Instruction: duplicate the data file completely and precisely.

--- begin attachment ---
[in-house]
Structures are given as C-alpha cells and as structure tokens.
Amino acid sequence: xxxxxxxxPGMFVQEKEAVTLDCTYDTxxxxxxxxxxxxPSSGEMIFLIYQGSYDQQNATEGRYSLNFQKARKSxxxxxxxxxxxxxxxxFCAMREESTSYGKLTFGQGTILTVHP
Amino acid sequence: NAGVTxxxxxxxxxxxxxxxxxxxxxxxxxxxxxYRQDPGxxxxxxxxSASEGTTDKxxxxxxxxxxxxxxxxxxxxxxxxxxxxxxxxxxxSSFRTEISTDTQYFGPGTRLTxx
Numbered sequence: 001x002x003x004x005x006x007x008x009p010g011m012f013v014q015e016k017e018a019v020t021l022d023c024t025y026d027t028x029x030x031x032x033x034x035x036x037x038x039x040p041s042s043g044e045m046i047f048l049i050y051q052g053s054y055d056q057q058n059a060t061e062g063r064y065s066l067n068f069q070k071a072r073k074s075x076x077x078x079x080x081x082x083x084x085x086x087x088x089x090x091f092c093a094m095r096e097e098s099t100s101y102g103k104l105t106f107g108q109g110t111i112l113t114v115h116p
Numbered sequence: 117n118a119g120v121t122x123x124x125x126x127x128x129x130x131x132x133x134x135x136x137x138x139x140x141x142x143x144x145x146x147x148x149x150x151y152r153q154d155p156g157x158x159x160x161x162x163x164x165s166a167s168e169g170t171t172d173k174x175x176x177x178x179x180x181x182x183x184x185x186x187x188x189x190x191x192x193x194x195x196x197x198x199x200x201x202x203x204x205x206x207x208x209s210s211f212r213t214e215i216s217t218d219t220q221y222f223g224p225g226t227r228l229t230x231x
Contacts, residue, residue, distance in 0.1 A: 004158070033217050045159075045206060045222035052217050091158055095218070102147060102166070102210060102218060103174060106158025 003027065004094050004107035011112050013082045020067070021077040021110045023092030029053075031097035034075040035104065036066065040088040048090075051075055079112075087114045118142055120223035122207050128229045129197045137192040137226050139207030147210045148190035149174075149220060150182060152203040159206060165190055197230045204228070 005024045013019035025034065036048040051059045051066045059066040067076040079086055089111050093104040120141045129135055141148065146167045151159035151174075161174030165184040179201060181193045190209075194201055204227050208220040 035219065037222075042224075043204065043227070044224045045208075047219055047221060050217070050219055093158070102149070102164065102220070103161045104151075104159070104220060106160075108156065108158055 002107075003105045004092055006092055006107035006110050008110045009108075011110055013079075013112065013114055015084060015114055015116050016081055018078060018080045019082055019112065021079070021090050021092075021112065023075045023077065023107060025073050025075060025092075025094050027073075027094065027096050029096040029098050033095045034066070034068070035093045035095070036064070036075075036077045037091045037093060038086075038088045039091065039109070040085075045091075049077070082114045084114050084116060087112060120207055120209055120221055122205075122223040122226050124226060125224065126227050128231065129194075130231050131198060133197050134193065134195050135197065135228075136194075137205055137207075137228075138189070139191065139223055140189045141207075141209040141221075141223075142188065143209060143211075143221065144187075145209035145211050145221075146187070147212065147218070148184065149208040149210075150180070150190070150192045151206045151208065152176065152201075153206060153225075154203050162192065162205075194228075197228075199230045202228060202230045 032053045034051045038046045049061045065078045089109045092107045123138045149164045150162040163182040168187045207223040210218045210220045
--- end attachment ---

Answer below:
[in-house]
Structures are given as C-alpha cells and as structure tokens.
Amino acid sequence: xxxxxxxxPGMFVQEKEAVTLDCTYDTxxxxxxxxxxxxPSSGEMIFLIYQGSYDQQNATEGRYSLNFQKARKSxxxxxxxxxxxxxxxxFCAMREESTSYGKLTFGQGTILTVHP
Amino acid sequence: NAGVTxxxxxxxxxxxxxxxxxxxxxxxxxxxxxYRQDPGxxxxxxxxSASEGTTDKxxxxxxxxxxxxxxxxxxxxxxxxxxxxxxxxxxxSSFRTEISTDTQYFGPGTRLTxx
Numbered sequence: 001x002x003x004x005x006x007x008x009p010g011m012f013v014q015e016k017e018a019v020t021l022d023c024t025y026d027t028x029x030x031x032x033x034x035x036x037x038x039x040p041s042s043g044e045m046i047f048l049i050y051q052g053s054y055d056q057q058n059a060t061e062g063r064y065s066l067n068f069q070k071a072r073k074s075x076x077x078x079x080x081x082x083x084x085x086x087x088x089x090x091f092c093a094m095r096e097e098s099t100s101y102g103k104l105t106f107g108q109g110t111i112l113t114v115h116p
Numbered sequence: 117n118a119g120v121t122x123x124x125x126x127x128x129x130x131x132x133x134x135x136x137x138x139x140x141x142x143x144x145x146x147x148x149x150x151y152r153q154d155p156g157x158x159x160x161x162x163x164x165s166a167s168e169g170t171t172d173k174x175x176x177x178x179x180x181x182x183x184x185x186x187x188x189x190x191x192x193x194x195x196x197x198x199x200x201x202x203x204x205x206x207x208x209s210s211f212r213t214e215i216s217t218d219t220q221y222f223g224p225g226t227r228l229t230x231x
Contacts, residue, residue, distance in 0.1 A: 004158070033217050045159075045206060045222035052217050091158055095218070102147060102166070102210060102218060103174060106158025 003027065004094050004107035011112050013082045020067070021077040021110045023092030029053075031097035034075040035104065036066065040088040048090075051075055079112075087114045118142055120223035122207050128229045129197045137192040137226050139207030147210045148190035149174075149220060150182060152203040159206060165190055197230045204228070 005024045013019035025034065036048040051059045051066045059066040067076040079086055089111050093104040120141045129135055141148065146167045151159035151174075161174030165184040179201060181193045190209075194201055204227050208220040 035219065037222075042224075043204065043227070044224045045208075047219055047221060050217070050219055093158070102149070102164065102220070103161045104151075104159070104220060106160075108156065108158055 002107075003105045004092055006092055006107035006110050008110045009108075011110055013079075013112065013114055015084060015114055015116050016081055018078060018080045019082055019112065021079070021090050021092075021112065023075045023077065023107060025073050025075060025092075025094050027073075027094065027096050029096040029098050033095045034066070034068070035093045035095070036064070036075075036077045037091045037093060038086075038088045039091065039109070040085075045091075049077070082114045084114050084116060087112060120207055120209055120221055122205075122223040122226050124226060125224065126227050128231065129194075130231050131198060133197050134193065134195050135197065135228075136194075137205055137207075137228075138189070139191065139223055140189045141207075141209040141221075141223075142188065143209060143211075143221065144187075145209035145211050145221075146187070147212065147218070148184065149208040149210075150180070150190070150192045151206045151208065152176065152201075153206060153225075154203050162192065162205075194228075197228075199230045202228060202230045 032053045034051045038046045049061045065078045089109045092107045123138045149164045150162040163182040168187045207223040210218045210220045